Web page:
Interrupt Requests (irqs)

Posted: February 10, 2011 in Uncategorized

Interrupt Requesting (IRQ) is a computer system performance enhancing technology that plays a key role in how the CPU performs input/output processing and interfaces with every peripheral in the computer, from the keyboard and mouse to the hard disk and modem. It is through IRQ prioritization that the CPU juggles multiple concurrent tasks thereby giving the impression that it is doing many things at once.

A computer’s main processor (CPU) is a highly-tuned machine that is designed to (basically) do one thing at a time. For example; execute the current instruction or operation. However; because of the way in which we humans work and use computers, we require the CPU to do many things at once (or at least to seem to be doing many things simultaneously).

Multitasking – Projecting the impression that it (the CPU) is performing many tasks simultaneously is known as “multitasking”. Modern CPUs contain multiple processing pipelines and the newer CPUs of today actually have multiple processing cores each with its own full complement of multiple processingpipelines.

This latter development (multiple complete processing cores) has indeed given the CPU the capability to perform multiple tasks simultaneously and not merely just seem to be doing so. The way in which processing tasks are managed and distributed among the multiple processing pipelines of the multiple cores is however; still achieved in pretty much the same way that it has always been done.

Multitasking Operating System – When using multitasking operating systems (like Windows, Mac OS X, and Linux etc.) users tend to have multiple programs, utilities and applications running concurrently/simultaneously. For example you may be: editing a word document, downloading from the Internet and listening to music.

In order to be able to do this the CPU will share its processing time among the tasks requiring its attention including user initiated tasks, the operating system, programs, utilities, memory management and quite a few “background” services and routines. It only appears that the processor is doing many things at once because of the incredible speeds that modern CPUs are able to switch between tasks.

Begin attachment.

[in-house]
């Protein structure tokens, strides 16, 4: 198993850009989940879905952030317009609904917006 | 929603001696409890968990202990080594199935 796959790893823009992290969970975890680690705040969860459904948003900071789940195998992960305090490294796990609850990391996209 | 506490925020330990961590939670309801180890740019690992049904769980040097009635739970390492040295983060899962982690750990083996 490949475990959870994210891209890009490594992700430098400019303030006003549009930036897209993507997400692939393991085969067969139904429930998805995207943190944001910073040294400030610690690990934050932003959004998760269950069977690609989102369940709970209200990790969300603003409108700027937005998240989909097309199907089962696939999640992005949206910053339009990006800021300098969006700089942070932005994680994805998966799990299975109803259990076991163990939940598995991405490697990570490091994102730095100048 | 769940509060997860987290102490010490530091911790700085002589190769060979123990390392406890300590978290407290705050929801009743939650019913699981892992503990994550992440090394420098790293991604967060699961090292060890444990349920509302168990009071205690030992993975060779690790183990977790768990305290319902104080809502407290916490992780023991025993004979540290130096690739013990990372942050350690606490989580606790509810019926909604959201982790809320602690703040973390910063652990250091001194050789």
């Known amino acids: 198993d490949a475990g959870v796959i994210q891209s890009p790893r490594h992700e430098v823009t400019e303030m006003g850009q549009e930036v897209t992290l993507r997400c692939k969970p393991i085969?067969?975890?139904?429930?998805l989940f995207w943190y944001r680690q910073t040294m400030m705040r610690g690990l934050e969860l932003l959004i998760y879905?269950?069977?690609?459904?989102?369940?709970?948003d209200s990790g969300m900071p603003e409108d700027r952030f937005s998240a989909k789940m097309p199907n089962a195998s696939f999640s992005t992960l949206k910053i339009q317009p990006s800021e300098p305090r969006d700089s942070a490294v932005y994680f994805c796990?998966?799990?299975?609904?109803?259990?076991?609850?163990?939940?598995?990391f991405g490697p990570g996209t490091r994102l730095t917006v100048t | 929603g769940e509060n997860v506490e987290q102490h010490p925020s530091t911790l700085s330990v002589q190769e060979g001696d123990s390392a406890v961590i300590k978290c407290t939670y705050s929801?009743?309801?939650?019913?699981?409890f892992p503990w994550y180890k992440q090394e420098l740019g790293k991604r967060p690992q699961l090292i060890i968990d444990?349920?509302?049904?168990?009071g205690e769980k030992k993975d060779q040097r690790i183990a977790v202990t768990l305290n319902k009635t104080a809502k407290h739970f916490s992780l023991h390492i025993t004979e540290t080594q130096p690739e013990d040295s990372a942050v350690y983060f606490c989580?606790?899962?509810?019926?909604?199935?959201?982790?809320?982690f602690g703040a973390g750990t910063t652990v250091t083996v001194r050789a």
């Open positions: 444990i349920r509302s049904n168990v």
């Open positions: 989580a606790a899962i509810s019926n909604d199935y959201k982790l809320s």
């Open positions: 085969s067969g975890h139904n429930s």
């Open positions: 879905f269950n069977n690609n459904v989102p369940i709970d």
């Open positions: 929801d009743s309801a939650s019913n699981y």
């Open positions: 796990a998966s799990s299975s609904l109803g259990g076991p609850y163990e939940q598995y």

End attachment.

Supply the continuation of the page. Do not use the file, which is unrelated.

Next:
Communicating with the CPU – The majority of the subsystems in a PC need to send information to and receive information from the CPU and system memory (RAM). Most also expect to be able to get the CPU’s attention when they do so.

In order to improve a computer’s overall efficiency the CPU also needs to balance the data transfers between itself and the various other subsystems of the machine. In addition; some of a computer’s subsystems such as input/output (I/O) devices and human interface devices, all tend to require “special” attention.

Different Requirements – Another influential factor here is that different devices require different amounts of CPU time at various different irregular intervals.

The mouse; for example, needs far less attention than a hard disk involved in the transference of a large multi-gigabyte file. Thus; in the interest of a more efficient use of a computer’s finite resources, it is most beneficial if the amount of CPU time assigned to each device reflects the type of device and the nature of the operation and processing tasks involved.

In the above example of the resource needs of the mouse versus those of the hard drive; more resources can be allocated (even dedicated) to the hard drive for the duration of its current operation(s) while the mouse gets a smaller amount of CPU time.

When the hard drive is finished its current task(s) it may not be required to perform any transactions for various irregular periods of time. The system will then reassign those resources that were being used by the hard drive to other devices and processes as and when required.

Managing Processes – The computer (via the CPU) must also ensure that all active (running) processes and tasks are managed in the most efficient organized manner possible. There are basically 2 ways in which this can be done: CPU polling and device initiated interrupting.

Polling – Polling is the process whereby the CPU systematically locates and asks each device in turn if it requires any help or CPU processing time. This strategy (polling) is a very inefficient process because it is a waste of finite resources.

With polling the CPU is required to continually perform the same tasks (asking each device if it needs the CPU’s attention) over and over again. More often than not the device will not require the CPU’s attention. Statistically; the most likely answer or result of a hardware polling query is that which it received last time (offer declined).

With polling the CPU will continue to ask each device in sequence the same question ad infinitum. To overcome polling’s inefficiency a different strategy; known as “Interrupting”; also referred to as Interrupt Request (IRQ), was developed.

Interrupting – The other way that the CPU (processor) can employ to handle CPU required processes and data transfers is to have the devices requiring the CPU’s attention to issue a request for attention as and when they require it. This is the basic concept of interrupt requests.